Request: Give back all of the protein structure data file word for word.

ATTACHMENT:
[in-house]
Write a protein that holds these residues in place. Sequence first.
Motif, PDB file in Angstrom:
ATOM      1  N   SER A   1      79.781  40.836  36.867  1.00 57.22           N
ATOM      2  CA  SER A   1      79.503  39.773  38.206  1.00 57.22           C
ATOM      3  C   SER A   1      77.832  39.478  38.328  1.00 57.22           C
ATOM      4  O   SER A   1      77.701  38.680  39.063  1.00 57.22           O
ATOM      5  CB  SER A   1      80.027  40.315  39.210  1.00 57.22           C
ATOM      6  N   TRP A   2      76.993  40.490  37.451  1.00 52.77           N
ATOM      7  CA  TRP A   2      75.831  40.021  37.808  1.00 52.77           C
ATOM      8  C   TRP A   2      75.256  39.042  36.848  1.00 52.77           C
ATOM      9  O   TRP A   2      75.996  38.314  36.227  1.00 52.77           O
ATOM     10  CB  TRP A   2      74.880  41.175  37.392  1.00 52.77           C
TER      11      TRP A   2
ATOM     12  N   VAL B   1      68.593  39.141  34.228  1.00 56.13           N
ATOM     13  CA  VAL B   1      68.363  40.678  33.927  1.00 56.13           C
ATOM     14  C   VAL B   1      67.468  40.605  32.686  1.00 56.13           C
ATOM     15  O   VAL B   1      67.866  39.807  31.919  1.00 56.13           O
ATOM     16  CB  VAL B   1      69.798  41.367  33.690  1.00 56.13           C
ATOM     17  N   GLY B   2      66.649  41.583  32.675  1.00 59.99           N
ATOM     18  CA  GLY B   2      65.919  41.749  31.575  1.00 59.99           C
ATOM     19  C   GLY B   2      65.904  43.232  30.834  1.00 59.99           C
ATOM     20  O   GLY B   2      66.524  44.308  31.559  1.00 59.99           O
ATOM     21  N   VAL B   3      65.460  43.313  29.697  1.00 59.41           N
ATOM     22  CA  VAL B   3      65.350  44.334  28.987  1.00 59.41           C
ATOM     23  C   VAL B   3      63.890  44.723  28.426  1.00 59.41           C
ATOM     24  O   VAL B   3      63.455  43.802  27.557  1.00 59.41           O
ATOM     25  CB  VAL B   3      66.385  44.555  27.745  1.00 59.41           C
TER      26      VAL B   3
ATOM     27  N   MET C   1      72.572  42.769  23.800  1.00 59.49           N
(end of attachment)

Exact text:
[in-house]
Write a protein that holds these residues in place. Sequence first.
Motif, PDB file in Angstrom:
ATOM      1  N   SER A   1      79.781  40.836  36.867  1.00 57.22           N
ATOM      2  CA  SER A   1      79.503  39.773  38.206  1.00 57.22           C
ATOM      3  C   SER A   1      77.832  39.478  38.328  1.00 57.22           C
ATOM      4  O   SER A   1      77.701  38.680  39.063  1.00 57.22           O
ATOM      5  CB  SER A   1      80.027  40.315  39.210  1.00 57.22           C
ATOM      6  N   TRP A   2      76.993  40.490  37.451  1.00 52.77           N
ATOM      7  CA  TRP A   2      75.831  40.021  37.808  1.00 52.77           C
ATOM      8  C   TRP A   2      75.256  39.042  36.848  1.00 52.77           C
ATOM      9  O   TRP A   2      75.996  38.314  36.227  1.00 52.77           O
ATOM     10  CB  TRP A   2      74.880  41.175  37.392  1.00 52.77           C
TER      11      TRP A   2
ATOM     12  N   VAL B   1      68.593  39.141  34.228  1.00 56.13           N
ATOM     13  CA  VAL B   1      68.363  40.678  33.927  1.00 56.13           C
ATOM     14  C   VAL B   1      67.468  40.605  32.686  1.00 56.13           C
ATOM     15  O   VAL B   1      67.866  39.807  31.919  1.00 56.13           O
ATOM     16  CB  VAL B   1      69.798  41.367  33.690  1.00 56.13           C
ATOM     17  N   GLY B   2      66.649  41.583  32.675  1.00 59.99           N
ATOM     18  CA  GLY B   2      65.919  41.749  31.575  1.00 59.99           C
ATOM     19  C   GLY B   2      65.904  43.232  30.834  1.00 59.99           C
ATOM     20  O   GLY B   2      66.524  44.308  31.559  1.00 59.99           O
ATOM     21  N   VAL B   3      65.460  43.313  29.697  1.00 59.41           N
ATOM     22  CA  VAL B   3      65.350  44.334  28.987  1.00 59.41           C
ATOM     23  C   VAL B   3      63.890  44.723  28.426  1.00 59.41           C
ATOM     24  O   VAL B   3      63.455  43.802  27.557  1.00 59.41           O
ATOM     25  CB  VAL B   3      66.385  44.555  27.745  1.00 59.41           C
TER      26      VAL B   3
ATOM     27  N   MET C   1      72.572  42.769  23.800  1.00 59.49           N